Results Count Program Informs Plan to Eradicate Poverty in Washington

Posted February 16, 2021
By the Annie E. Casey Foundation
Blog applyingresultscountskillstopoverty 2021

Governor Jay Inslee of Washington state (center) and Lori Pfingst, senior director with DSHS (to Inslee's right) join members of the governor’s executive cabinet and co-chairs of the Poverty Reduction Work Group.

In Wash­ing­ton state, Gov­er­nor Jay Inslee’s Pover­ty Reduc­tion Work Group has released a com­pre­hen­sive 10-year plan to dis­man­tle pover­ty statewide. The group’s main facil­i­ta­tor and writer, Lori Pfin­gst, cred­its one pro­gram — Results Count® — with shap­ing her work on the project.

About Results Count

Results Count is a results-based lead­er­ship devel­op­ment pro­gram from the Annie E. Casey Foun­da­tion. It teach­es deci­sion mak­ers like Pfin­gst, who attend­ed the Foundation’s Lead­er­ship Insti­tute for State-based Advo­cates in 2014, how to lever­age data to real­ize con­crete goals. Par­tic­i­pants learn a range of skills, includ­ing how to hold a neu­tral stance to help a large group stay focused on top-lev­el goals; col­lect the best avail­able data and bring it to life with sto­ries from peo­ple dis­pro­por­tion­ate­ly affect­ed by pover­ty; and facil­i­tate dif­fi­cult con­ver­sa­tions about struc­tur­al racism and inter­sec­tion­al­i­ty. Pfin­gst used all of these skills to help shape Washington’s 10-year plan, she says.

Tools from Results Count pro­grams, avail­able on Casey’s web­site, include webi­na­rs, videos and check­lists designed to help lead­ers get large-scale results for chil­dren, fam­i­lies and communities.

Rep­re­sen­ta­tion Matters

Work on the plan began in Novem­ber 2017, when Gov­er­nor Inslee cre­at­ed the work group to devel­op a strate­gic plan to reduce pover­ty, improve com­mu­ni­ties and make need­ed progress relat­ed to hous­ing, health inte­gra­tion, employ­ment and education.”

Helm­ing the effort: 22 steer­ing com­mit­tee mem­bers who rep­re­sent­ed — both demo­graph­i­cal­ly and geo­graph­i­cal­ly — a range of pover­ty expe­ri­ences with­in the state. We agreed that peo­ple who were dis­pro­por­tion­ate­ly affect­ed by pover­ty should have the pow­er and author­i­ty to over­see and approve the plan’s pri­or­i­ties and rec­om­men­da­tions,” says Pfin­gst, a senior staffer at the Wash­ing­ton State Depart­ment of Social and Health Ser­vices. The work group made a strong com­mit­ment to race and social jus­tice from the out­set and com­mit­ted to going deep on equi­ty to ensure the plan would lead to a more just future.”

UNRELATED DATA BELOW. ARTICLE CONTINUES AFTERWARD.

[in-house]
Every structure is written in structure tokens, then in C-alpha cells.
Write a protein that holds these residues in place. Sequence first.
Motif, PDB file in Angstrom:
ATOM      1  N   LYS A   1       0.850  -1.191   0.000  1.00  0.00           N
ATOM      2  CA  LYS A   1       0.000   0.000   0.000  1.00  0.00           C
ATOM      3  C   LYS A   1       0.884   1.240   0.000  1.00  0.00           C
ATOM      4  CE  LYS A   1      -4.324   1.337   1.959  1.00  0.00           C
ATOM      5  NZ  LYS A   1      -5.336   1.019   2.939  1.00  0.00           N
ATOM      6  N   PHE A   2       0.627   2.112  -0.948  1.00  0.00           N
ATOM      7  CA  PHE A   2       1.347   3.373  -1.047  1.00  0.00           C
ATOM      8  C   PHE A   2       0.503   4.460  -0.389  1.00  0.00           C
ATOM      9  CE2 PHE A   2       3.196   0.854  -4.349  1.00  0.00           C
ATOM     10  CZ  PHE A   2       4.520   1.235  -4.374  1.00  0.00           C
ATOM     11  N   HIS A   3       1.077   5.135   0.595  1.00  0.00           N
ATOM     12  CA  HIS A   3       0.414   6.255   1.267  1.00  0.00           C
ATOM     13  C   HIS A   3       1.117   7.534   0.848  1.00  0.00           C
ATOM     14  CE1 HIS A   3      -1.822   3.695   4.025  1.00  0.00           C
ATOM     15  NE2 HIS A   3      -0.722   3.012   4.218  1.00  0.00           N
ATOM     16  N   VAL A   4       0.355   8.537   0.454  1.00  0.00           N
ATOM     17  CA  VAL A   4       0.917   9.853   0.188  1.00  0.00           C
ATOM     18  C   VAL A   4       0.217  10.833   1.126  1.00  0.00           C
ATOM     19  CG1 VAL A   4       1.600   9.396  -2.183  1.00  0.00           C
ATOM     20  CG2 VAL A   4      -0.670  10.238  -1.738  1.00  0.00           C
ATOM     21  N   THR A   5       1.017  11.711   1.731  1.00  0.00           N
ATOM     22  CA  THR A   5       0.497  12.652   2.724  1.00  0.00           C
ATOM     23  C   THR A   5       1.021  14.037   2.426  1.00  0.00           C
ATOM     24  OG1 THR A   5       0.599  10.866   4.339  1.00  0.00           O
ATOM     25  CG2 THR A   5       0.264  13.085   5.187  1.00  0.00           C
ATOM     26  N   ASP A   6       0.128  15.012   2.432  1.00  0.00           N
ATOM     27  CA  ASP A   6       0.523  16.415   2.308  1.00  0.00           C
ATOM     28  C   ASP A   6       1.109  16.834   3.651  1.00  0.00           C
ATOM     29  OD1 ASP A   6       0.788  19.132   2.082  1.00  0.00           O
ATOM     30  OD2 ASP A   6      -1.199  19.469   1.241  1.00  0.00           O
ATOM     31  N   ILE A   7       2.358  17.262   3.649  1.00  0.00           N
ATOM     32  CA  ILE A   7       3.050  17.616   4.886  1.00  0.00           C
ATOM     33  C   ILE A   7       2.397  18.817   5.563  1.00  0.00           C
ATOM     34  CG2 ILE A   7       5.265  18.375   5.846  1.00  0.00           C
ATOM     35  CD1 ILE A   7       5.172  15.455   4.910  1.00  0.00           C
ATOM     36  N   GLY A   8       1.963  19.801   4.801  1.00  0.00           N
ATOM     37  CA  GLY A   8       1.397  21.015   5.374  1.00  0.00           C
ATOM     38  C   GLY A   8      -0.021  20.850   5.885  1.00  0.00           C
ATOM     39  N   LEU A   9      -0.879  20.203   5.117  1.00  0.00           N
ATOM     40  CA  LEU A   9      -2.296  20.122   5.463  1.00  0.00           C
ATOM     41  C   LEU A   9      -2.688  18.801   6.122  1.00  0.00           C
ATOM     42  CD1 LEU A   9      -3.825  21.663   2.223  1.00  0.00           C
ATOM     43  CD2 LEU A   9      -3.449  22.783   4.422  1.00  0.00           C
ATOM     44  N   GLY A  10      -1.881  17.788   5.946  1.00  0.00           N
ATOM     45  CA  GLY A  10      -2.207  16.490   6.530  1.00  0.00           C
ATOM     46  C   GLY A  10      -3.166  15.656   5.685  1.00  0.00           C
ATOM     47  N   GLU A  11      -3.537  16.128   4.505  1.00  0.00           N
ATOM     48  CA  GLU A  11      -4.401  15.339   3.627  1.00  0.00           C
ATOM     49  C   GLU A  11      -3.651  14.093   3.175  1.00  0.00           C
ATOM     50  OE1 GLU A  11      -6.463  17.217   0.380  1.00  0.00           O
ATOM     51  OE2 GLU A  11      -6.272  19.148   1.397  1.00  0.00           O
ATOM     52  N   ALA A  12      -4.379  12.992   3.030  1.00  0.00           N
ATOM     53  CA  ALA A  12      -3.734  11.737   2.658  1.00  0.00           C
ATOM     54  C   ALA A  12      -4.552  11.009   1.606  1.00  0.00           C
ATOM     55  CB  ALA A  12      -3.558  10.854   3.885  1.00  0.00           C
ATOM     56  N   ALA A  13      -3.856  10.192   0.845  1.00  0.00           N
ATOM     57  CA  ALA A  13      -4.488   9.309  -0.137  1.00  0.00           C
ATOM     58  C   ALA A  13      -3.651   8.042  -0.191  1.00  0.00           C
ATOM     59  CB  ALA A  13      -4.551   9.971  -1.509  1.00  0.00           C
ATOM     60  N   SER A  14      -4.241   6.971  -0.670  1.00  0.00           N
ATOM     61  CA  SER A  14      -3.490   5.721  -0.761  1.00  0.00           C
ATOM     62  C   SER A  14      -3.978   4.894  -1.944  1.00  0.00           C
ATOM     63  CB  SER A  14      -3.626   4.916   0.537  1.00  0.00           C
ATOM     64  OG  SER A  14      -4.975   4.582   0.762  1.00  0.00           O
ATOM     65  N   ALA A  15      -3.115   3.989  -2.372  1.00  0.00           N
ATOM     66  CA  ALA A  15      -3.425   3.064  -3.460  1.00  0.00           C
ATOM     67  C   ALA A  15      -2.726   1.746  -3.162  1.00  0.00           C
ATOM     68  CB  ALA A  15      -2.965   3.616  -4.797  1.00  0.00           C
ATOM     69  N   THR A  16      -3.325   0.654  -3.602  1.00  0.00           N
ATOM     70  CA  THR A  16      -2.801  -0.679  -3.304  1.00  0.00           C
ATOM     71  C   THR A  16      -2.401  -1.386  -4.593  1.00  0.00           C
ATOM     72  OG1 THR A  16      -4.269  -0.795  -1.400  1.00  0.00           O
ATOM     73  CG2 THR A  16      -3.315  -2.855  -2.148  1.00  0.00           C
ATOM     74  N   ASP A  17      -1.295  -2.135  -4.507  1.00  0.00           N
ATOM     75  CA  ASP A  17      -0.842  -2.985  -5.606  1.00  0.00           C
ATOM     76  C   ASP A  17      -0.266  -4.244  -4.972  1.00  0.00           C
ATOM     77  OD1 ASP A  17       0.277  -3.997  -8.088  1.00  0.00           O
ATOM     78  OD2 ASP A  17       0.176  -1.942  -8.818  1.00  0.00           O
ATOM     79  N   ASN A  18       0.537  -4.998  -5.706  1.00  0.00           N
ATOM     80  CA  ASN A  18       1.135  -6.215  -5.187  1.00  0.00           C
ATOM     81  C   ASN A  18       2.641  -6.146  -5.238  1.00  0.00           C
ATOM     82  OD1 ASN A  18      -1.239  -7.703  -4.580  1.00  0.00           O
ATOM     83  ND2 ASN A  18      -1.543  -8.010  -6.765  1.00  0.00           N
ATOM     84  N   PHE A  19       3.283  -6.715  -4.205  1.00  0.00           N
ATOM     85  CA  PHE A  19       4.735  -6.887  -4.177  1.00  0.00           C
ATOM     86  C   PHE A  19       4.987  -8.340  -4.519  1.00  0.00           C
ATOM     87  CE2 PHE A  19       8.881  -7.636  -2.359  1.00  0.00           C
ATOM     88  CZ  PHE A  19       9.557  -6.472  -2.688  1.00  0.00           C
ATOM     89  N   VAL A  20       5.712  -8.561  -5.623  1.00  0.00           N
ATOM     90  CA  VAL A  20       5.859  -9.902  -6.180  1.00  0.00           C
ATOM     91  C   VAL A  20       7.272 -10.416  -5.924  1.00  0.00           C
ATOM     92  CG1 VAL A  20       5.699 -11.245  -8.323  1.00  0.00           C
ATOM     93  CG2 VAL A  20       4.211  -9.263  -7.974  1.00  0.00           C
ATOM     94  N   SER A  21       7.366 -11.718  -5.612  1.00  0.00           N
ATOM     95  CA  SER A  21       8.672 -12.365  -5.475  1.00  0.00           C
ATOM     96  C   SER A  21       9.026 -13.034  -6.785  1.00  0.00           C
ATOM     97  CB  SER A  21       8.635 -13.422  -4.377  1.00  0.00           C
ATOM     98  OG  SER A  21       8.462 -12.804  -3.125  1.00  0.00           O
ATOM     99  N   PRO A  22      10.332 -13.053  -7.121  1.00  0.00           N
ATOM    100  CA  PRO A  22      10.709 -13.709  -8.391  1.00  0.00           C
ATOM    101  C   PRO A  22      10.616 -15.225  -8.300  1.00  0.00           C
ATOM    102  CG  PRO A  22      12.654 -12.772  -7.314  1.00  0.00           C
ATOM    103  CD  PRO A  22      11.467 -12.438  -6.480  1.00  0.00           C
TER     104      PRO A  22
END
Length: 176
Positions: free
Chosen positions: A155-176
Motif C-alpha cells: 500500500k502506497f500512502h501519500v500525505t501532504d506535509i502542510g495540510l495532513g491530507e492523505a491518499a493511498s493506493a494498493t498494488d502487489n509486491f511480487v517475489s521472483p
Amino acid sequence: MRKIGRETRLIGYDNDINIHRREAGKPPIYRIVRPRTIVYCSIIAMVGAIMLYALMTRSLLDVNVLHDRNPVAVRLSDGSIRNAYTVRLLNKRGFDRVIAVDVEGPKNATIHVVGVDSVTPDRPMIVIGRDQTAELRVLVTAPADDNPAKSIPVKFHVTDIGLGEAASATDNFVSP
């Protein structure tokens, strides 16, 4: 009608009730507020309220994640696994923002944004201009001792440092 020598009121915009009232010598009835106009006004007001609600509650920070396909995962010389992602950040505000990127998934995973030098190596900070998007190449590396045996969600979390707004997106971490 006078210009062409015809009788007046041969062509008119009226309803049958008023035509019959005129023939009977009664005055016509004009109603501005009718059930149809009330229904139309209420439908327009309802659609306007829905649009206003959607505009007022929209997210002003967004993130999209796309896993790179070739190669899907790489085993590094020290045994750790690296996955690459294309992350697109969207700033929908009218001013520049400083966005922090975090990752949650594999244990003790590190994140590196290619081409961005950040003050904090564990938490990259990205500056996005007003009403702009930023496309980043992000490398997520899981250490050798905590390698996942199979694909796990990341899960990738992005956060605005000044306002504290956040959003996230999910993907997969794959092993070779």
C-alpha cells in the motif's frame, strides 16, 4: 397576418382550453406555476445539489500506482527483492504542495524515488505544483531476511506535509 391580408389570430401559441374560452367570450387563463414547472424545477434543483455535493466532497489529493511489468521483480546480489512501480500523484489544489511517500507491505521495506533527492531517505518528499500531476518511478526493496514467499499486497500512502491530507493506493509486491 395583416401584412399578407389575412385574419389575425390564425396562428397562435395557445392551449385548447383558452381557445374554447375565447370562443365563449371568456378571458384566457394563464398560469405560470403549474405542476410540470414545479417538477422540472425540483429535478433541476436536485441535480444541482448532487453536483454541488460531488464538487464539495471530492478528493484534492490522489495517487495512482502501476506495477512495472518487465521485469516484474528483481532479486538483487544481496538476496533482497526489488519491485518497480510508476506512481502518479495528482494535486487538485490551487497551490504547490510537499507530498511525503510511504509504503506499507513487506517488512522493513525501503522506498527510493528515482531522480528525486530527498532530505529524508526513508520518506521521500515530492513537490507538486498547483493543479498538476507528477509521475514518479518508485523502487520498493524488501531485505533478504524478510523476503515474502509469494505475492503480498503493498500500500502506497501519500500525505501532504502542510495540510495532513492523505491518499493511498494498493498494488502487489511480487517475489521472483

Exam­in­ing the Evi­dence and Root Causes

In Feb­ru­ary 2020, the work group released a pre­lim­i­nary ver­sion of the plan and fol­lowed with 10 months of pub­lic webi­na­rs dur­ing the COVID-19 pan­dem­ic. This out­reach, which inten­tion­al­ly engaged peo­ple dis­pro­por­tion­ate­ly affect­ed by pover­ty, helped to strength­en the document’s strate­gies and rec­om­men­da­tions. I pre­sent­ed the plan close to 70 times via Zoom,” says Pfin­gst, and the feed­back was over­whelm­ing­ly pos­i­tive and constructive.”

Webi­nar par­tic­i­pants also helped to iden­ti­fy blind spots in offi­cial data. For exam­ple, the U.S. Cen­sus Bureau does not col­lect data on gen­der iden­ti­ty, under­min­ing efforts to mea­sure pover­ty rates in the LGBTQ com­mu­ni­ty. Infor­ma­tion on pover­ty among peo­ple with dis­abil­i­ties is also lim­it­ed. There are peo­ple who just aren’t well rep­re­sent­ed in the data,” says Pfin­gst, and they need to be visible.”

The revised 70-page plan, released in Jan­u­ary 2021, pro­pos­es eight pover­ty-reduc­tion strate­gies and 60 spe­cif­ic rec­om­men­da­tions for gov­ern­ment agen­cies, leg­is­la­tors, com­mu­ni­ty-based orga­ni­za­tions and foun­da­tions. Cen­tered on racial equi­ty, the plan dis­cuss­es the root caus­es of pover­ty and the urgent needs of the state’s 1.75 mil­lion chil­dren, adults and fam­i­lies who are cur­rent­ly strug­gling to make ends meet.

A Liv­ing Document

Results Count method­olo­gies are par­tic­u­lar­ly evi­dent in the 10-year plan’s Action Toolk­it, an imple­men­ta­tion guide for pub­lic, pri­vate and non­prof­it orga­ni­za­tions. The tool kit is designed to help organizations:

  • under­stand how their work aligns with the plan’s eight strategies;
  • dis­ag­gre­gate data as much as possible;
  • ana­lyze dis­ag­gre­gat­ed data with the peo­ple it represents;
  • set spe­cif­ic goals and define success;
  • iden­ti­fy addi­tion­al resources and part­ner­ships needed;
  • devel­op equi­table strate­gies to achieve stat­ed goals;
  • cre­ate an action plan with defined roles, respon­si­bil­i­ties and a timeline;
  • track progress and change strate­gies as needed;
  • be account­able and learn from mis­takes; and
  • cel­e­brate wins.

The work group calls the 10-year plan a liv­ing, breath­ing doc­u­ment” and intends to revis­it the text annu­al­ly to refine its strate­gies and recommendations.

The work group’s plan and action tool kit are impres­sive, much-need­ed con­tri­bu­tions that can help fuel equi­table, mea­sur­able progress in reduc­ing pover­ty,” says Bar­bara Squires, direc­tor of Lead­er­ship Devel­op­ment at the Casey Foun­da­tion. Equal­ly remark­able: The plan’s engage­ment with the very peo­ple most affect­ed by pover­ty can help them dri­ve the change they need and want to see.”

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